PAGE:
A pleasant reception for children as they are ushered into life should be granted to all, without discrimination between males and females. The Holy Qur’an chastizes those who used to celebrate the birth of male children, but expressed sadness and dissatisfaction when females were born. The

Almighty Allah deplores such an attitude in the following Qur’anic verses:

AND WHEN THE NEWS OF [THE BIRTH OF] A FEMALE [CHILD] IS BROUGHT TO ANY OF THEM, HIS FACE BECOMES DARK, AND HE IS FILLED WITH INWARD GRIEF! HE HIDES HIMSELF FROM THE PEOPLE BECAUSE OF THE EVIL OF THAT WHEREOF HE HAS BEEN INFORMED. SHALL HE KEEP HER WITH DISHONOUR OR BURY HER IN THE EARTH? CERTAINLY, EVIL IS THEIR DECISION. (AL-NAHL, THE BEES, VERSES 58-59)

After birth, a child has the right to be breastfed by its mother in a manner that should satisfy it physically, psychologically and emotionally. The Islamic Sharia insists that the mother foster, nurse and breastfeed her newly born. It would be sinful to fail in her responsibility towards her suckling infant, who is utterly helpless on his or her own. Such failure brings grave consequences, as stated by the Prophet, Peace Be Upon Him, who said: “It is a grave sin for one to neglect a person whom he is responsible for sustaining.”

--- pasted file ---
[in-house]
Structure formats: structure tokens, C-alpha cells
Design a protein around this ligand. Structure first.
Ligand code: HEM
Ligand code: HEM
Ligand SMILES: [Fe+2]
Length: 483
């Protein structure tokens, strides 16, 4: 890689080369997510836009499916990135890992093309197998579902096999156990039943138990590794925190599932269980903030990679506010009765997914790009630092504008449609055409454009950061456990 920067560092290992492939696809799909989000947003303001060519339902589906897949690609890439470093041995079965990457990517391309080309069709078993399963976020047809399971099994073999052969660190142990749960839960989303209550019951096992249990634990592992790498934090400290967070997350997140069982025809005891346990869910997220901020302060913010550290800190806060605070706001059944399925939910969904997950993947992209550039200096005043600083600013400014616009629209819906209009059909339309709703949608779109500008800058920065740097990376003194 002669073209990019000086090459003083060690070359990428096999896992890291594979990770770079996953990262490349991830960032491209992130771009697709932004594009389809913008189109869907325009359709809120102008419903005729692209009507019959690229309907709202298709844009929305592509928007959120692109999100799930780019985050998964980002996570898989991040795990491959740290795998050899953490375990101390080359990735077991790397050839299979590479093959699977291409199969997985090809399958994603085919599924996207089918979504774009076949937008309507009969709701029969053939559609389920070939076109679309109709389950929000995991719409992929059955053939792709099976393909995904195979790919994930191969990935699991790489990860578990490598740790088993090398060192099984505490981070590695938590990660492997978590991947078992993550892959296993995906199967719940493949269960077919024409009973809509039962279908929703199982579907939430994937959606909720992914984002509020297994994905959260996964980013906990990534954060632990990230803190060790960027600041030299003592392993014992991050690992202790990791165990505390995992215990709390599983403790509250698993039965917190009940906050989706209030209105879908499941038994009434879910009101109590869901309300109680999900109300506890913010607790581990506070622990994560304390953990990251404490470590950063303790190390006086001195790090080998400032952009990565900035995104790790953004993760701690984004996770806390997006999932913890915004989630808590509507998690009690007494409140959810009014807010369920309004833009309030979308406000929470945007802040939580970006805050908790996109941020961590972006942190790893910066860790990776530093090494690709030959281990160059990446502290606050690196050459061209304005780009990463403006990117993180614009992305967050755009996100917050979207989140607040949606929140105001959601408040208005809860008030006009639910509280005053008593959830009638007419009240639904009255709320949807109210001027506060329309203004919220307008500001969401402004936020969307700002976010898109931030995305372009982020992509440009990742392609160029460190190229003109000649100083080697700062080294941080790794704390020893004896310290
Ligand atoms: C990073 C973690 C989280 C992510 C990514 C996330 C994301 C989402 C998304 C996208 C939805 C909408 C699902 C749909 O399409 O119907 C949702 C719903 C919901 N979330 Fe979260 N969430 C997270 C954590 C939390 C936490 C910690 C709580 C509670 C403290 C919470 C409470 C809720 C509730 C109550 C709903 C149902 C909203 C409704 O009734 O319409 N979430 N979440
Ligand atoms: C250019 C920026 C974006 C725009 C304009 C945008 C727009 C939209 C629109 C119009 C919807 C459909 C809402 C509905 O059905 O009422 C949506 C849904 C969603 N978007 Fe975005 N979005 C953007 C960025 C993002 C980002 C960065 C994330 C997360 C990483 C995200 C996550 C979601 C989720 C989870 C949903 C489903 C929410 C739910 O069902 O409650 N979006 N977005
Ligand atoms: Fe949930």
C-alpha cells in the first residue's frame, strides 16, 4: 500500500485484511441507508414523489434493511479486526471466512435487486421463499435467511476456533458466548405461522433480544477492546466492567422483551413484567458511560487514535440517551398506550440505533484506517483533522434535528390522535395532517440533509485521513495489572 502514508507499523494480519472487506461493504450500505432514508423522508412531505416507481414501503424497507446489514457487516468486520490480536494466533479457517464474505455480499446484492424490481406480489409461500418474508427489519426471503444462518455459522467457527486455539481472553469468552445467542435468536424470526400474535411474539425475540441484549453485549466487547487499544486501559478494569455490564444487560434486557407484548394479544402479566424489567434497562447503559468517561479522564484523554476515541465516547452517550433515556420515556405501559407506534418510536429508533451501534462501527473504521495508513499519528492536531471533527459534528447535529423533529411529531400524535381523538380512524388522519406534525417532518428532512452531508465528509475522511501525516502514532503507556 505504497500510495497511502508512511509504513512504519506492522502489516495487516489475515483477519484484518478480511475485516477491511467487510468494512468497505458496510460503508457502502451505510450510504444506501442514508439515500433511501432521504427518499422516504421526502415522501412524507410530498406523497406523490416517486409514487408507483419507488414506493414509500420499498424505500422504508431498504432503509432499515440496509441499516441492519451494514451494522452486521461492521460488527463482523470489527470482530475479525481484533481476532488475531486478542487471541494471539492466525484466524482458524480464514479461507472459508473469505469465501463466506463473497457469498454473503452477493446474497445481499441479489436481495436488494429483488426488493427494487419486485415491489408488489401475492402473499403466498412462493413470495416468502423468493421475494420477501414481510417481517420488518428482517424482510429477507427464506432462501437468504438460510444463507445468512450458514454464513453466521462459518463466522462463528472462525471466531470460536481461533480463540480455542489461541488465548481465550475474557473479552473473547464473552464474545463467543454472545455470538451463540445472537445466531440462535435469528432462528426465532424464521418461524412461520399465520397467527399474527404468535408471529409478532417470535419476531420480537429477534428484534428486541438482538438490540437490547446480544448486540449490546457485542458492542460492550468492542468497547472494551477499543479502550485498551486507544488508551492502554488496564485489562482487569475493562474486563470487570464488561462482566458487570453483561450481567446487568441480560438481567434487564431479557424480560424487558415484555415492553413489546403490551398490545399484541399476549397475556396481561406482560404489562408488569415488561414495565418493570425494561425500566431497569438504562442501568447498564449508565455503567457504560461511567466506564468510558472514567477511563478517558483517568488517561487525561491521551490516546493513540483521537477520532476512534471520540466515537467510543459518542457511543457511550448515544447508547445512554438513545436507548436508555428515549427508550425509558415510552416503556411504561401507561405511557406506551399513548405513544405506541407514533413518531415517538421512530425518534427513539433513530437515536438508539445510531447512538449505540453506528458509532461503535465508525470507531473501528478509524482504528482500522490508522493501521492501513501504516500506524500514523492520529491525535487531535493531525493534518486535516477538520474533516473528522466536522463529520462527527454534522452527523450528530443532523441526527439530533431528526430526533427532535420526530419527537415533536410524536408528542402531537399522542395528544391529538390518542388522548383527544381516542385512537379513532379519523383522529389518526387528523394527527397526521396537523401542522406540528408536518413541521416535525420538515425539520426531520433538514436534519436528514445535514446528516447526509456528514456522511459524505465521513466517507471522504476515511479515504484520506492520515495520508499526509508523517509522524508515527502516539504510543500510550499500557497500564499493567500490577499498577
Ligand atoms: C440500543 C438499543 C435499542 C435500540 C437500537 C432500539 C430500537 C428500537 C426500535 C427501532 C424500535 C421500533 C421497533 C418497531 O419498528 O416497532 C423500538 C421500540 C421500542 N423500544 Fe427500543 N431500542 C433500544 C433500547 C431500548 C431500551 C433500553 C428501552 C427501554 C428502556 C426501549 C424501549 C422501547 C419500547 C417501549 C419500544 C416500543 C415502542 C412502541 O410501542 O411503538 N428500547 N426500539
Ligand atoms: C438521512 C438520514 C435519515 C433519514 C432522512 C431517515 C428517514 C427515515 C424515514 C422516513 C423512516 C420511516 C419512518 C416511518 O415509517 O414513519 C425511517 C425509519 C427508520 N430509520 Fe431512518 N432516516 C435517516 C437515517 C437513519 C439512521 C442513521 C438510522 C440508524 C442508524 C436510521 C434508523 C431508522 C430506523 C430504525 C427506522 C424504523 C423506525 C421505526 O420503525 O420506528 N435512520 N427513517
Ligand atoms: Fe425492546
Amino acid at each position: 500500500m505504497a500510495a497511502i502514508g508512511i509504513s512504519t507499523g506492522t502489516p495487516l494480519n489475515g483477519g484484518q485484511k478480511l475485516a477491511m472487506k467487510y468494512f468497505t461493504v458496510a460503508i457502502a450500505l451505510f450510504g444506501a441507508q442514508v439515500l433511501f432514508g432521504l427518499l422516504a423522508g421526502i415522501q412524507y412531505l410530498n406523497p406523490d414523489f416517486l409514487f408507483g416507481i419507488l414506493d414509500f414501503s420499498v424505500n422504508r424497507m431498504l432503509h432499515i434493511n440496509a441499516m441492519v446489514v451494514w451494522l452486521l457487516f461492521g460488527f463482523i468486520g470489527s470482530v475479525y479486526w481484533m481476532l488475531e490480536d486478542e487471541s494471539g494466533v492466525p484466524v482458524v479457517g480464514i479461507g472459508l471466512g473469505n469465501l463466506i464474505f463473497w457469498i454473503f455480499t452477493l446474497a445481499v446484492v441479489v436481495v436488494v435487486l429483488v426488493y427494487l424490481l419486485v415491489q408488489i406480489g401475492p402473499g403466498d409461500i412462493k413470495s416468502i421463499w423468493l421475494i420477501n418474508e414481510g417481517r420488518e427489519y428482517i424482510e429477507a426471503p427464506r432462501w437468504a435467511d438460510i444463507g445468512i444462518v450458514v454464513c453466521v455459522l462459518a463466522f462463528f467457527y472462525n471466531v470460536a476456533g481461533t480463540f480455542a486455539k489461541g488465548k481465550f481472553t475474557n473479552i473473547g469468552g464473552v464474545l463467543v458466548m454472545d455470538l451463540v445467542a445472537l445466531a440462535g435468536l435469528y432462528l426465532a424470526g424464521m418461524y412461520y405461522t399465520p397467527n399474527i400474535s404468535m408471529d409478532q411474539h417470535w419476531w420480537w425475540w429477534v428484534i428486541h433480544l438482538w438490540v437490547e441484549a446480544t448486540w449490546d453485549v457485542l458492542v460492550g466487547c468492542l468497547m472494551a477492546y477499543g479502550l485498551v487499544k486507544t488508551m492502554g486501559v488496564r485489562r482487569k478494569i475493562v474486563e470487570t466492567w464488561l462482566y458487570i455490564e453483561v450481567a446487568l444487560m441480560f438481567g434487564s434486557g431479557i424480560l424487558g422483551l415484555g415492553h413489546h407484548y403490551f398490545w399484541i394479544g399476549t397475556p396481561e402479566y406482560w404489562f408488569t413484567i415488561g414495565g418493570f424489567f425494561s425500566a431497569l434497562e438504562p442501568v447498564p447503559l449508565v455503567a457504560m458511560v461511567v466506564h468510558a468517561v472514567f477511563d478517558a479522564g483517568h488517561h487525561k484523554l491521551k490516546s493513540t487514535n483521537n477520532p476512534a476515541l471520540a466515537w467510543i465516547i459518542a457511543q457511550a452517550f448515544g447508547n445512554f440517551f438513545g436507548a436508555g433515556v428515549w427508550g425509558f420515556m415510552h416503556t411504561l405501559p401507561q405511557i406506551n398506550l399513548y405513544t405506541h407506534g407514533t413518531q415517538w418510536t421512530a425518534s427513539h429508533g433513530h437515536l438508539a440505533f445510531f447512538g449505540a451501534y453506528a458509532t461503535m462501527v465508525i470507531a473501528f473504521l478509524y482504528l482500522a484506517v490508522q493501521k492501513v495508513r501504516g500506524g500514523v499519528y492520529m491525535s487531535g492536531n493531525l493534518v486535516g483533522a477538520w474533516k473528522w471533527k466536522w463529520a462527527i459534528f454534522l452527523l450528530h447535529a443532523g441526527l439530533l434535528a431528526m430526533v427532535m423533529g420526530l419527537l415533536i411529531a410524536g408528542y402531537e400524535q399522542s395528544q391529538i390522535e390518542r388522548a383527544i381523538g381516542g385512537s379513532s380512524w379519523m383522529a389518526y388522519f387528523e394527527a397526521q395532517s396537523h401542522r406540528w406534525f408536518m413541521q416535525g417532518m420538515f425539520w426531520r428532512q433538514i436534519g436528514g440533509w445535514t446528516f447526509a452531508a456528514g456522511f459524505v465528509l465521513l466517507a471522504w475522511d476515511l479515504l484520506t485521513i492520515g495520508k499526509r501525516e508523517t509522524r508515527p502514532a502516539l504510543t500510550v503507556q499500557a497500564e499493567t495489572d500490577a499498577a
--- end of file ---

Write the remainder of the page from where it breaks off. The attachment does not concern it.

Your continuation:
Should the mother suffer from an ailment that would prevent her from breastfeeding, or should the infant refuse to take her breast, or in case the mother passes away, however, the husband has the duty to procure a person to breastfeed his child even if she has to be paid, or alternatively to arrange for the infant to be fed artificially.

Thus, one may comprehend the wisdom inherent in the saying of Almighty Allah: